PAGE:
Iran's Supreme Leader Ayatollah Ali Khamenei has ordered the country's hard-line judiciary to review the death sentence of a prominent pro-reform academic, who was found guilty of blasphemy.
The speaker of Iran's reform-minded parliament, Mehdi Karubi, told parliament on Sunday that Iran's most powerful figure, Ayatollah Ali Khamenei, had ordered the judiciary to re-examine the death sentence given earlier this month to pro-reform history professor Hashem Aghajari.
Mr. Aghajari, who is a close ally of reformist President Mohammad Khatami, was sentenced to death by a single judge in a closed courtroom for suggesting in a speech that Muslims should be free to interpret their faith as they wish. He also questioned the authority of the powerful Shiite clergy. The judge said the professor had insulted Islam.
The death sentence sparked a week of student demonstrations on campuses throughout Iran. Students boycotted classes and mid-term exams. Several of Mr. Aghajari's colleagues at Tehran University resigned in protest.
Hundreds of university professors requested the verdict be overturned, and two-thirds of Iran's parliament members signed a letter asking that the sentence be reversed. President Khatami called the sentence inappropriate and said it should never have been issued.
The controversy erupted as President Khatami is trying to gain greater control over the hardline judiciary and the Guardian Council, a conservative watchdog panel.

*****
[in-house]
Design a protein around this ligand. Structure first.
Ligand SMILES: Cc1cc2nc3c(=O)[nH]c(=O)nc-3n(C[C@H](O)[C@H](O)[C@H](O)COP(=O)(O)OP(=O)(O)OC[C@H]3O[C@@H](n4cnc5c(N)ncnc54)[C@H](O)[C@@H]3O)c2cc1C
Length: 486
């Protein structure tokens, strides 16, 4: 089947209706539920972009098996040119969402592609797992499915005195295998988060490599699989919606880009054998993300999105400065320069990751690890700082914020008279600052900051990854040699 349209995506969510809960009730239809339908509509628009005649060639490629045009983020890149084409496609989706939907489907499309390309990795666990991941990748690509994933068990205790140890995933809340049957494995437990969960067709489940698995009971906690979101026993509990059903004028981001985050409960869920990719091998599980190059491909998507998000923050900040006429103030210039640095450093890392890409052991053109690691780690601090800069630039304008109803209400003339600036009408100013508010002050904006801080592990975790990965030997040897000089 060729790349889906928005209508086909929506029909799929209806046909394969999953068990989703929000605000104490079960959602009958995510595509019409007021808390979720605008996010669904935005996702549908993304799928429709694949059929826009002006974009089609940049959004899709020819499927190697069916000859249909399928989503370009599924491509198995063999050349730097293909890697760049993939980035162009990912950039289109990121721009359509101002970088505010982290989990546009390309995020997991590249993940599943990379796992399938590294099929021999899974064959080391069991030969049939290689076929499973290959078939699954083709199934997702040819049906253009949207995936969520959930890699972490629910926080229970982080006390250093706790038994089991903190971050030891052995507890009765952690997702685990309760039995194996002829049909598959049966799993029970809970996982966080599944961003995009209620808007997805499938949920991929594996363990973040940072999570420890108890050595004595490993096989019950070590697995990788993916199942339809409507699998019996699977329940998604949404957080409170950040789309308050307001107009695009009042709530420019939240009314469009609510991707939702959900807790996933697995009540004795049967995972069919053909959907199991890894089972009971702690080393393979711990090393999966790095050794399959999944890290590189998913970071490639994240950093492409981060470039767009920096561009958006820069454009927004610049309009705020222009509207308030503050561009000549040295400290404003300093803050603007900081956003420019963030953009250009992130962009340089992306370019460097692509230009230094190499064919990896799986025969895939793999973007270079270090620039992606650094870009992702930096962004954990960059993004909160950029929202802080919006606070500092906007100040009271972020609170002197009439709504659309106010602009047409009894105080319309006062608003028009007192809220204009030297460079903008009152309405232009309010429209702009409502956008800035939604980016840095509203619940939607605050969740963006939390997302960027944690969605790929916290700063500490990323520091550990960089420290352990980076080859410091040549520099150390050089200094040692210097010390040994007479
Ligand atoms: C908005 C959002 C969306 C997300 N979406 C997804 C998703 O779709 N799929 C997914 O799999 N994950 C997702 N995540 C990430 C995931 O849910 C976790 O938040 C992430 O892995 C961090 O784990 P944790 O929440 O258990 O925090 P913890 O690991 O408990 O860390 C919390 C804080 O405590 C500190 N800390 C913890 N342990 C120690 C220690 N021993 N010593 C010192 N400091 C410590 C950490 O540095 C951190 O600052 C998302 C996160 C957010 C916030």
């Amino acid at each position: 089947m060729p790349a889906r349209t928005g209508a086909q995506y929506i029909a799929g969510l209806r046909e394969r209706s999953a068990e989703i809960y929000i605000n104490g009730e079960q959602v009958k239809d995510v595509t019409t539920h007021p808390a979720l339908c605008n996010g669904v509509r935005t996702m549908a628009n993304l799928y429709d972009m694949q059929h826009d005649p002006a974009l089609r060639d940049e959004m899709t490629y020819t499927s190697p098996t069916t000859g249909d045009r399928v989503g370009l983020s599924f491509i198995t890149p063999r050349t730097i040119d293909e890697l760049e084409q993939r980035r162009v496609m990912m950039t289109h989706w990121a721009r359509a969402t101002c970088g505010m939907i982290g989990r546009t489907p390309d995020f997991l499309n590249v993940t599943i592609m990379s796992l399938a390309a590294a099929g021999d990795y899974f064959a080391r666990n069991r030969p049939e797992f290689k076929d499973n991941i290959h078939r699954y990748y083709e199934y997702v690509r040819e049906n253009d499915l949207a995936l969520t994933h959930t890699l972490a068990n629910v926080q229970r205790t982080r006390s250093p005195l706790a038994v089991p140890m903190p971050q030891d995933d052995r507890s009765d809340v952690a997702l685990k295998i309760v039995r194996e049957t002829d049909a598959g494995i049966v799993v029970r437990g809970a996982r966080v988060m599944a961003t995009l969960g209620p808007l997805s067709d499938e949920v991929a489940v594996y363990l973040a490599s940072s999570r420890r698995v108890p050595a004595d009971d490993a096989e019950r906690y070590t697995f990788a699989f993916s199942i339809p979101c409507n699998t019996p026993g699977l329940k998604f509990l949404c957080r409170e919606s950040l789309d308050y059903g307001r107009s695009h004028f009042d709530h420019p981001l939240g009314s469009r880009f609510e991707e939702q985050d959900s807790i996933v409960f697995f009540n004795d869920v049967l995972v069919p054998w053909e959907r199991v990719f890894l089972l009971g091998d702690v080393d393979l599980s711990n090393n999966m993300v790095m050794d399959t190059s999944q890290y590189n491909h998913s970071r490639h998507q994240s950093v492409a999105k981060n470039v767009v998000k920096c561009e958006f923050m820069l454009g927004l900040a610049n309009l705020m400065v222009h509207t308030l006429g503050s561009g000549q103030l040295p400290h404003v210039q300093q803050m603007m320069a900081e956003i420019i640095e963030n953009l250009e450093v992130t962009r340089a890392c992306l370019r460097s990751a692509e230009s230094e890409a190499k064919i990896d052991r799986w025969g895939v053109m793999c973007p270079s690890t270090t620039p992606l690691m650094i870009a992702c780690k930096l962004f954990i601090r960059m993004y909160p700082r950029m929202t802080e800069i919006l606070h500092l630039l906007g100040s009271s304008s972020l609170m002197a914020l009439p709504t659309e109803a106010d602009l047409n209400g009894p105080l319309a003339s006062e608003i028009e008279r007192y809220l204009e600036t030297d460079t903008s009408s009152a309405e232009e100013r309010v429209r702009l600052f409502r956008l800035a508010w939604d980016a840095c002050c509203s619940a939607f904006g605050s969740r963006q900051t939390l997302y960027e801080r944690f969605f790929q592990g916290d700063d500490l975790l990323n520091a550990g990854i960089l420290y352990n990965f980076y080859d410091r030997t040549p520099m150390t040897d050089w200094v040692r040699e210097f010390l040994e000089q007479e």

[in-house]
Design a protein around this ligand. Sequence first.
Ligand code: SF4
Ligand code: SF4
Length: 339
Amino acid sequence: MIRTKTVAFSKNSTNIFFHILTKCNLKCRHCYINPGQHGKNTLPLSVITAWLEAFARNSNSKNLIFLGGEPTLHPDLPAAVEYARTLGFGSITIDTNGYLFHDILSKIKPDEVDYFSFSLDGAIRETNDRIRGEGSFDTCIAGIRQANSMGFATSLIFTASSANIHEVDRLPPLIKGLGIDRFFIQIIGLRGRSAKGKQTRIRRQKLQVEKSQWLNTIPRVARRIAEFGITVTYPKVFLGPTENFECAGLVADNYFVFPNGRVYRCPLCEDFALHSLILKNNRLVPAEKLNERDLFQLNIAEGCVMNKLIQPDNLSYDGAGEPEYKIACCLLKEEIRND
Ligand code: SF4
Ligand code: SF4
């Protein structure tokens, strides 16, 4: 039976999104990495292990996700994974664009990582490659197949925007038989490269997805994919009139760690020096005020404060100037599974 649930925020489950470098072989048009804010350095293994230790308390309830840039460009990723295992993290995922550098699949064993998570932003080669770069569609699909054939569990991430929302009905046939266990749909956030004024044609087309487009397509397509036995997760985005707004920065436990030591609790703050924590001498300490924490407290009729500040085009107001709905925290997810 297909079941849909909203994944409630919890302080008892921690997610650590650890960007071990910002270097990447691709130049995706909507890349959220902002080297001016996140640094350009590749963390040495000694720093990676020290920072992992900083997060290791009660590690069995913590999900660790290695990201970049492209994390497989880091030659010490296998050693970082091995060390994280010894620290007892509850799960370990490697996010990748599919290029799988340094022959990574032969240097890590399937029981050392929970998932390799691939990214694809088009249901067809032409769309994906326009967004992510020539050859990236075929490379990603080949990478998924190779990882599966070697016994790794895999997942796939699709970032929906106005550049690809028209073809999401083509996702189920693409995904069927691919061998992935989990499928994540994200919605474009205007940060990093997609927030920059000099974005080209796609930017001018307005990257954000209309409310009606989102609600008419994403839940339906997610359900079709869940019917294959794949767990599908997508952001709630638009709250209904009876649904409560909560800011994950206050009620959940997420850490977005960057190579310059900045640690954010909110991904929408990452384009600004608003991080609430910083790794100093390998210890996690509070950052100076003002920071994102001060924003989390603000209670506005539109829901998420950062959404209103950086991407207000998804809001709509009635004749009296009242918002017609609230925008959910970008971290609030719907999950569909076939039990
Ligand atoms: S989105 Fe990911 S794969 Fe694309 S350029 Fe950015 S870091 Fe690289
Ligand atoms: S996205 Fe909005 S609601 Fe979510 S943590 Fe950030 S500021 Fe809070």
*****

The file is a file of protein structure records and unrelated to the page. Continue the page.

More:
Some political analysts suggest that the widespread student demonstrations are pushing Iran toward a political deadlock between conservatives and reformists. But Dr. Pakinam el-Shakarwy, a political professor at Cairo University and expert on Iran, disagrees. She said the protests only show how popular President Khatami is among Iran's youth.
"They are kind of an indicator of the power of the president, Khatami. That his main power are on the streets and with the movement, and that's why, I think, it's kind of an endorsement to President Khatami more than being a threat to the regime. Because, I think, if you are going to preview all of the tensions between the two camps, the moderates and the conservatives, you are going to find that both of them are using their powers to prove and to endorse the situation against each other," she said.
Student leaders have been quoted as saying the supreme leader's decision to call for a review of Mr. Aghajari's death sentence amounts to victory. Consequently, they say, they plan to call off their protests with classes to resume as early as Tuesday.